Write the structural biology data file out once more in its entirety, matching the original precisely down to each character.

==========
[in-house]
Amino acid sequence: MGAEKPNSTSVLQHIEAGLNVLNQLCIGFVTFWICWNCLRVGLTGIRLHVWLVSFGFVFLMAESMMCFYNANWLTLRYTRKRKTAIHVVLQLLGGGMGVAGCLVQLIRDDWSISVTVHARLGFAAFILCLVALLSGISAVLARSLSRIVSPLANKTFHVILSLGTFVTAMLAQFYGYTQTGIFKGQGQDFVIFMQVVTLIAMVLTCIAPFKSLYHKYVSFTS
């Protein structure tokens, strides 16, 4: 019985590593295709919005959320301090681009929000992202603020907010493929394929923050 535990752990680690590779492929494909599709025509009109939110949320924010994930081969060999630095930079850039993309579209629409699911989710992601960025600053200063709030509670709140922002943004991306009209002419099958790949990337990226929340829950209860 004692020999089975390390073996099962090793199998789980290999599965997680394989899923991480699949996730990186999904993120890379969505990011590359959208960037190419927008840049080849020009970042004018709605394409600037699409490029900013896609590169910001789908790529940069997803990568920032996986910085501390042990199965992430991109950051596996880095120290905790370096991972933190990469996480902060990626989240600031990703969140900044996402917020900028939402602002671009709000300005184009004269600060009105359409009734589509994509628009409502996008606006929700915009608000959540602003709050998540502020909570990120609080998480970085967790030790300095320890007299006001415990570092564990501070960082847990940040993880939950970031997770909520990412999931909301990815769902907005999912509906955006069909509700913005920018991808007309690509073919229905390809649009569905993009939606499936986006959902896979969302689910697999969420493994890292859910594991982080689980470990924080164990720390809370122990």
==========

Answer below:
[in-house]
Amino acid sequence: MGAEKPNSTSVLQHIEAGLNVLNQLCIGFVTFWICWNCLRVGLTGIRLHVWLVSFGFVFLMAESMMCFYNANWLTLRYTRKRKTAIHVVLQLLGGGMGVAGCLVQLIRDDWSISVTVHARLGFAAFILCLVALLSGISAVLARSLSRIVSPLANKTFHVILSLGTFVTAMLAQFYGYTQTGIFKGQGQDFVIFMQVVTLIAMVLTCIAPFKSLYHKYVSFTS
């Protein structure tokens, strides 16, 4: 019985590593295709919005959320301090681009929000992202603020907010493929394929923050 535990752990680690590779492929494909599709025509009109939110949320924010994930081969060999630095930079850039993309579209629409699911989710992601960025600053200063709030509670709140922002943004991306009209002419099958790949990337990226929340829950209860 004692020999089975390390073996099962090793199998789980290999599965997680394989899923991480699949996730990186999904993120890379969505990011590359959208960037190419927008840049080849020009970042004018709605394409600037699409490029900013896609590169910001789908790529940069997803990568920032996986910085501390042990199965992430991109950051596996880095120290905790370096991972933190990469996480902060990626989240600031990703969140900044996402917020900028939402602002671009709000300005184009004269600060009105359409009734589509994509628009409502996008606006929700915009608000959540602003709050998540502020909570990120609080998480970085967790030790300095320890007299006001415990570092564990501070960082847990940040993880939950970031997770909520990412999931909301990815769902907005999912509906955006069909509700913005920018991808007309690509073919229905390809649009569905993009939606499936986006959902896979969302689910697999969420493994890292859910594991982080689980470990924080164990720390809370122990």